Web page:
It's finally Summer! For many of us, that means outings, camping, outdoor fun and vacations. For our pets, it can mean dealing with the added stress of heat and humidity. Here are some ways to help keep your pet safe and healthy this summer.
Never leave your pet in the car
Although it may seem comfortable outside, the sun can raise the temperature in your car to over 120 degrees in a matter of minutes, even with the windows open.
It's not the heat, it's the humidity
Dogs and cats remove most of their body heat through panting. A high humidity index directly lowers their ability to cool by panting thus leading to a greater risk of heatstroke.
Lazy days of summer
Your pet cannot tolerate what might seem like "ordinary" exercise levels on hot and humid days. Take it easy and do not push your pet. Actively try to avoid the hot midday sun, and be sure to provide plenty of water and shade for your pets while they're enjoying the summer months outside.
Know the signs of heatstroke
Signs of heatstroke include excessive panting, anxiety, confusion, rapid heartbeat, vomiting and collapse. If you suspect your pet is suffering from heatstroke, have someone else call the hospital while you immediately douse your pet with cool (not cold) water, rubbing it into the fur to make contact with the skin. Bring your pet into the nearest veterinary hospital immediately.
Keeping cool in the water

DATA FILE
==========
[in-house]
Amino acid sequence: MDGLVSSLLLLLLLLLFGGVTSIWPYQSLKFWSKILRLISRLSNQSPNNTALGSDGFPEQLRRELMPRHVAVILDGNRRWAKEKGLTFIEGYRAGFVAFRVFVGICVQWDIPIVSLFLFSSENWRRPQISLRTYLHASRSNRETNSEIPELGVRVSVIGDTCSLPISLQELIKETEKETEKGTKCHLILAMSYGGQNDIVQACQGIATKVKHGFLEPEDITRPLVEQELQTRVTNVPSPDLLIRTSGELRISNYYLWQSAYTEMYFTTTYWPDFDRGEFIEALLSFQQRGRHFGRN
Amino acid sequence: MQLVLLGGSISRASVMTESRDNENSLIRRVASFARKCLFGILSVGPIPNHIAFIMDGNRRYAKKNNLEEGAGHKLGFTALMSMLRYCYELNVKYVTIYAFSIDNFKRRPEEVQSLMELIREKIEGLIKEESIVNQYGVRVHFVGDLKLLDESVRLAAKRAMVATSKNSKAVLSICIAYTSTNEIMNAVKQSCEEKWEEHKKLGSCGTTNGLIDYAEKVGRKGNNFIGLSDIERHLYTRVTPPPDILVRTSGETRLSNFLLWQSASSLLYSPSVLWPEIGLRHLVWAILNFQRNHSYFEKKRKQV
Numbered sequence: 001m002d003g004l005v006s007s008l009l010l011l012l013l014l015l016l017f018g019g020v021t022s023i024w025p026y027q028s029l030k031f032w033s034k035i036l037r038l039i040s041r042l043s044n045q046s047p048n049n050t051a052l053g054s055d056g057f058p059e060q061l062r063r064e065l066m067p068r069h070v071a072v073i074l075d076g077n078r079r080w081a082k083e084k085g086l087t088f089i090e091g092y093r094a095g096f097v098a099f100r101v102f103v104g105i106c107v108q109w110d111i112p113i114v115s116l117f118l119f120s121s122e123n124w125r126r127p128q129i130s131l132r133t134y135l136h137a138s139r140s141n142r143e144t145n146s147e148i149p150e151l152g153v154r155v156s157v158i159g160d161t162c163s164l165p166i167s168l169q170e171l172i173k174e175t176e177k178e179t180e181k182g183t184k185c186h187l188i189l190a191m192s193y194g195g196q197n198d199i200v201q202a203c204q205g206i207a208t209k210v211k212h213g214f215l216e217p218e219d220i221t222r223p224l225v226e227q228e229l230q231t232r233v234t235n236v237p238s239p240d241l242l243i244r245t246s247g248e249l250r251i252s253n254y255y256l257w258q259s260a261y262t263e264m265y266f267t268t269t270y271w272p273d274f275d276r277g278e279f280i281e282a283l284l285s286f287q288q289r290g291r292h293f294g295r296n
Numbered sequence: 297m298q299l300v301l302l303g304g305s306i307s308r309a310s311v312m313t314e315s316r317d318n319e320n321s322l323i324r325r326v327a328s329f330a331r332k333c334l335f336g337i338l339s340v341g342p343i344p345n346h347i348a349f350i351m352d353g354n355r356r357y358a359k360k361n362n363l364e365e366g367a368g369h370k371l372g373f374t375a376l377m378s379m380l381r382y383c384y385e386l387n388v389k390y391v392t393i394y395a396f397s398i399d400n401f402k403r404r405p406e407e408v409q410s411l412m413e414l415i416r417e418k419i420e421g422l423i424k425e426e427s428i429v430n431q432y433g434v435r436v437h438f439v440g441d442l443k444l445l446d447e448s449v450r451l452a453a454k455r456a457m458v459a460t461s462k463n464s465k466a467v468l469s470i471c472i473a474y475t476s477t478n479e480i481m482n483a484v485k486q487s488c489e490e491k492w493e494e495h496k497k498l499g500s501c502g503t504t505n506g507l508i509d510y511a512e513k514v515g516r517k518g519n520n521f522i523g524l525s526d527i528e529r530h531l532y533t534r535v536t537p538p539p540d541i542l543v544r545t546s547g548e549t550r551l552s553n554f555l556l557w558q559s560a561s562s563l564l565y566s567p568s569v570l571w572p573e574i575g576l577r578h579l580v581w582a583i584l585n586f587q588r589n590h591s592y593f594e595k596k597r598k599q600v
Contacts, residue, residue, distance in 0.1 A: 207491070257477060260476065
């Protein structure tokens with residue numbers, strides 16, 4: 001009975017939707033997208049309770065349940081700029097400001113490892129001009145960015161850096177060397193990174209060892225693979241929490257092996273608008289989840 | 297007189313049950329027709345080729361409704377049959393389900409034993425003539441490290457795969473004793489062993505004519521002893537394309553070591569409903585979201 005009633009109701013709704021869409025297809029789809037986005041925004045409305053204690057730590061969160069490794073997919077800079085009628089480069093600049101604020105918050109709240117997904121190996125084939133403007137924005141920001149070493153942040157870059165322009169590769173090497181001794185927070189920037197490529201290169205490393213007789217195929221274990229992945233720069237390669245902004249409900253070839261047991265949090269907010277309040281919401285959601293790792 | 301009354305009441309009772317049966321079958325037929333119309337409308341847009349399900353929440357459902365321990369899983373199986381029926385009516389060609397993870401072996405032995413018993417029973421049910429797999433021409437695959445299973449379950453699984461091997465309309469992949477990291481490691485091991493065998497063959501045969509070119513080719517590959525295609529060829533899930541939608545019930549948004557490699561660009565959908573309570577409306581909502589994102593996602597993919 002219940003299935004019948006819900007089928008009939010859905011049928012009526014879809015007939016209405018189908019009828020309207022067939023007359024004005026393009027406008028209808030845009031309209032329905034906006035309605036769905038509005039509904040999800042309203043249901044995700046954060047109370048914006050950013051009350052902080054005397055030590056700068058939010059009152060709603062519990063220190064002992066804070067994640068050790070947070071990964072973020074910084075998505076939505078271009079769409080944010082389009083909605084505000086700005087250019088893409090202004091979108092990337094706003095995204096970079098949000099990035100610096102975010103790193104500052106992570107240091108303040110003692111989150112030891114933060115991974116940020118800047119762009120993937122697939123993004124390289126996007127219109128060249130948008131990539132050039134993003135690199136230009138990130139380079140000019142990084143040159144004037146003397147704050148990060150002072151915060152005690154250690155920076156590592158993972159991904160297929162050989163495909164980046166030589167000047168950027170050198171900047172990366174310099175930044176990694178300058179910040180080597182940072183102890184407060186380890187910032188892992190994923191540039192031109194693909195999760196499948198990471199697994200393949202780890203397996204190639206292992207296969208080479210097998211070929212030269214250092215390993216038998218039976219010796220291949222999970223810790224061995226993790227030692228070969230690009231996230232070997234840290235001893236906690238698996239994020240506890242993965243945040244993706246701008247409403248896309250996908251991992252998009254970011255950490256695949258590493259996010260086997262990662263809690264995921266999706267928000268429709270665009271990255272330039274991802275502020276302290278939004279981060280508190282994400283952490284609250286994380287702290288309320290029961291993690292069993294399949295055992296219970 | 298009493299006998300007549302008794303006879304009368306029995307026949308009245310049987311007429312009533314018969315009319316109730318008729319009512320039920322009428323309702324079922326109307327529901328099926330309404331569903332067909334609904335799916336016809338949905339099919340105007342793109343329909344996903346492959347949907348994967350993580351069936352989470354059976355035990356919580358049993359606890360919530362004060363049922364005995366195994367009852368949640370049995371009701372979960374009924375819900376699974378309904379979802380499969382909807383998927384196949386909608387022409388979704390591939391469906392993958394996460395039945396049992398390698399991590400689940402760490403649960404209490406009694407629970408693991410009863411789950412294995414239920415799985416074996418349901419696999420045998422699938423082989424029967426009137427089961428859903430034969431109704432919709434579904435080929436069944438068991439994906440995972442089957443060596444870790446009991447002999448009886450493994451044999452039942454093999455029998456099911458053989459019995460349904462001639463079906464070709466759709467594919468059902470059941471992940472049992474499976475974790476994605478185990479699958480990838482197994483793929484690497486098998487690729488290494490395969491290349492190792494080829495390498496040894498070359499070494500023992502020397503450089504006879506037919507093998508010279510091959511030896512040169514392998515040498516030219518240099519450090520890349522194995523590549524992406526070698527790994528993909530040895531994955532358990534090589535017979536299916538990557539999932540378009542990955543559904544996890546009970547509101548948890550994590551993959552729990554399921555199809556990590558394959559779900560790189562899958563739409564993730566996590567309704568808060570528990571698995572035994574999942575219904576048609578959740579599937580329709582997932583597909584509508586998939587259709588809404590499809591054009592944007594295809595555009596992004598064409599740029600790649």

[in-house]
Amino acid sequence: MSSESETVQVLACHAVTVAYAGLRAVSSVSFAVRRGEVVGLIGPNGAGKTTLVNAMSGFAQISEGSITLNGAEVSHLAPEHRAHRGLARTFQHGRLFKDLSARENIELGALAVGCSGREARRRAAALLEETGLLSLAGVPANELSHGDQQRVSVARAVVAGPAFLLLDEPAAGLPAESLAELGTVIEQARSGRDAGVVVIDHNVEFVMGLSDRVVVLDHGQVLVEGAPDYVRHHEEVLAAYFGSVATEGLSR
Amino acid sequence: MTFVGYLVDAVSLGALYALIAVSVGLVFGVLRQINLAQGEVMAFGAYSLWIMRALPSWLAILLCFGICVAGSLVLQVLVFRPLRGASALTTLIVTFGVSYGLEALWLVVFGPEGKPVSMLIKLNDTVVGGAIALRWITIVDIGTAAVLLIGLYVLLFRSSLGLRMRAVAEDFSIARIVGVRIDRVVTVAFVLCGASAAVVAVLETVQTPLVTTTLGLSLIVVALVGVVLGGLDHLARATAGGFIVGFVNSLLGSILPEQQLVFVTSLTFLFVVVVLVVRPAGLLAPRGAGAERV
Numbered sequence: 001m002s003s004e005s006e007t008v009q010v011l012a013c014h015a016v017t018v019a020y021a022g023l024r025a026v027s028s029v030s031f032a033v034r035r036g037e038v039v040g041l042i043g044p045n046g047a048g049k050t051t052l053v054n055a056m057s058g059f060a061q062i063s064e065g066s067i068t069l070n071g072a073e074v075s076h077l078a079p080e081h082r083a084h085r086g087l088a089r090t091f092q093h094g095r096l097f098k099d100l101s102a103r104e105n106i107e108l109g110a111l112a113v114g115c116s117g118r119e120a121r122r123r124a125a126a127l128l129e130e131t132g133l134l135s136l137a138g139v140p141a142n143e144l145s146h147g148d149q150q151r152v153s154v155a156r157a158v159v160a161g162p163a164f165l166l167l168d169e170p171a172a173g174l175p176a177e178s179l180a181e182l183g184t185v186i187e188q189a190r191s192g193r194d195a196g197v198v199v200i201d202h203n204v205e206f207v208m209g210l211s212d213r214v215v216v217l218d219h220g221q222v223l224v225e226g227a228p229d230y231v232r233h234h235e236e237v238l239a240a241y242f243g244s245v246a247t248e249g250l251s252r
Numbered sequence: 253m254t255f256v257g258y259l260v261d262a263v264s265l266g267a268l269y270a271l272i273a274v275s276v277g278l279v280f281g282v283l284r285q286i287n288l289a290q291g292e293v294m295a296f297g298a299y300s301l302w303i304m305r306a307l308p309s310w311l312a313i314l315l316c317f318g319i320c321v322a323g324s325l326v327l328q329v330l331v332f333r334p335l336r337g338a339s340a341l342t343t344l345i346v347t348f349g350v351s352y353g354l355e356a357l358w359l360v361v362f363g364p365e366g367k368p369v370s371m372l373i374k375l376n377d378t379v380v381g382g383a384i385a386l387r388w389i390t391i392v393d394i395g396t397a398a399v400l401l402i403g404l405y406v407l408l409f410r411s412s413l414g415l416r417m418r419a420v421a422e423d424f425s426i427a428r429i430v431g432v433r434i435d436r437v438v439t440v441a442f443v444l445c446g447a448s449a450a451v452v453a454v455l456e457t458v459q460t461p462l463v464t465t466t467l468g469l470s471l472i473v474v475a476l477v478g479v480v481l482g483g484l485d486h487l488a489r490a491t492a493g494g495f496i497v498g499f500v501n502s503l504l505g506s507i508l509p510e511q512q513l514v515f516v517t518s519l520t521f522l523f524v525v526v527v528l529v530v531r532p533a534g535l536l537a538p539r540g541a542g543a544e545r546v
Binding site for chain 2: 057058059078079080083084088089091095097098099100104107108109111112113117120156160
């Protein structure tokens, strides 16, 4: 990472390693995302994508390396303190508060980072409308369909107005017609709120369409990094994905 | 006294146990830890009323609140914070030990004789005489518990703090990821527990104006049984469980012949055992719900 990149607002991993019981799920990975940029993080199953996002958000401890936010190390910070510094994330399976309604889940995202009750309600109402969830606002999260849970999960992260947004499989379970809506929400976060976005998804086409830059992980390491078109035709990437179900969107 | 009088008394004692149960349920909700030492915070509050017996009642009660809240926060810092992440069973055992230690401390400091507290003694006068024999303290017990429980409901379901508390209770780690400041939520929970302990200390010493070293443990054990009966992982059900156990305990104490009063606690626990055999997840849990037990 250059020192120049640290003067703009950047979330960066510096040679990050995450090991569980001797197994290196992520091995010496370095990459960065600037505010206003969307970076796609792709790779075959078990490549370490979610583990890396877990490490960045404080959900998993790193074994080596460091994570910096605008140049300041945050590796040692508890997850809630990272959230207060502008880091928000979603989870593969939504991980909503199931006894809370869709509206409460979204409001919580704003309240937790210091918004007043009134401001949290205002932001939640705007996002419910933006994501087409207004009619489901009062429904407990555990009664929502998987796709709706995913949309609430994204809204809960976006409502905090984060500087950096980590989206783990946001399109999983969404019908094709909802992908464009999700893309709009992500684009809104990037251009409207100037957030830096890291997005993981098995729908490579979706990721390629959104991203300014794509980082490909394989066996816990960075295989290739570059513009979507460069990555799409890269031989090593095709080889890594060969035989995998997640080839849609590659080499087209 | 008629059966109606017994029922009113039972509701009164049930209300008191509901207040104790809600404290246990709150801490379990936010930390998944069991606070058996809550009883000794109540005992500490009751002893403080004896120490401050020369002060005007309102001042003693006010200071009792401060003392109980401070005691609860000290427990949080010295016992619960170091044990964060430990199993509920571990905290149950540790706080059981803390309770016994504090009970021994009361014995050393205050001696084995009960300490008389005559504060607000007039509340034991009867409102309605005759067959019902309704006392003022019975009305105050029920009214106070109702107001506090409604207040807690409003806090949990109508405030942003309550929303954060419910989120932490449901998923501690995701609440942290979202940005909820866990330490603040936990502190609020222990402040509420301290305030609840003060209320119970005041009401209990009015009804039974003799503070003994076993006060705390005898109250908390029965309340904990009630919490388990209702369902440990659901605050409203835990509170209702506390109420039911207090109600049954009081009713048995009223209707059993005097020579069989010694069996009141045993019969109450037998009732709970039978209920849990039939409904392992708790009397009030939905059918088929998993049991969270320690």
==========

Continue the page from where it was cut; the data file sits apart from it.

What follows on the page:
Make sure your pet knows how to get in and out of a pool. Boat owners should make sure pets understand how to get back into a boat should the need arise. Practice "rescuing" your pet several times so that they do not panic if they do take an accidental swim.
Protect your pet from pests and unwanted chemicals
Fleas and ticks abound during the summer, so ask your veterinarian about the best parasite preventives for your pet. In and around the home, fertilizers and lawn and garden pest control products are common. Some are extremely toxic if your pet ingests them. Always know what chemicals you are using and please respect the manufacturer’s warnings on restricting exposure to all pets and children after any application.
Cookouts aren't just for people, pets are present too
But remember that the food and drinks offered to guests at a cookout may be poisonous to a pet. Avoid feeding pet's raisins, grapes, onions, chocolate, products with the artificial sweetener xylitol and more. For more information, please read People Foods to Avoid Feeding Your Pets on the ASPCA's website.
We hope you have a great summer! If you have any questions, please feel free to give us a call and ask for advice.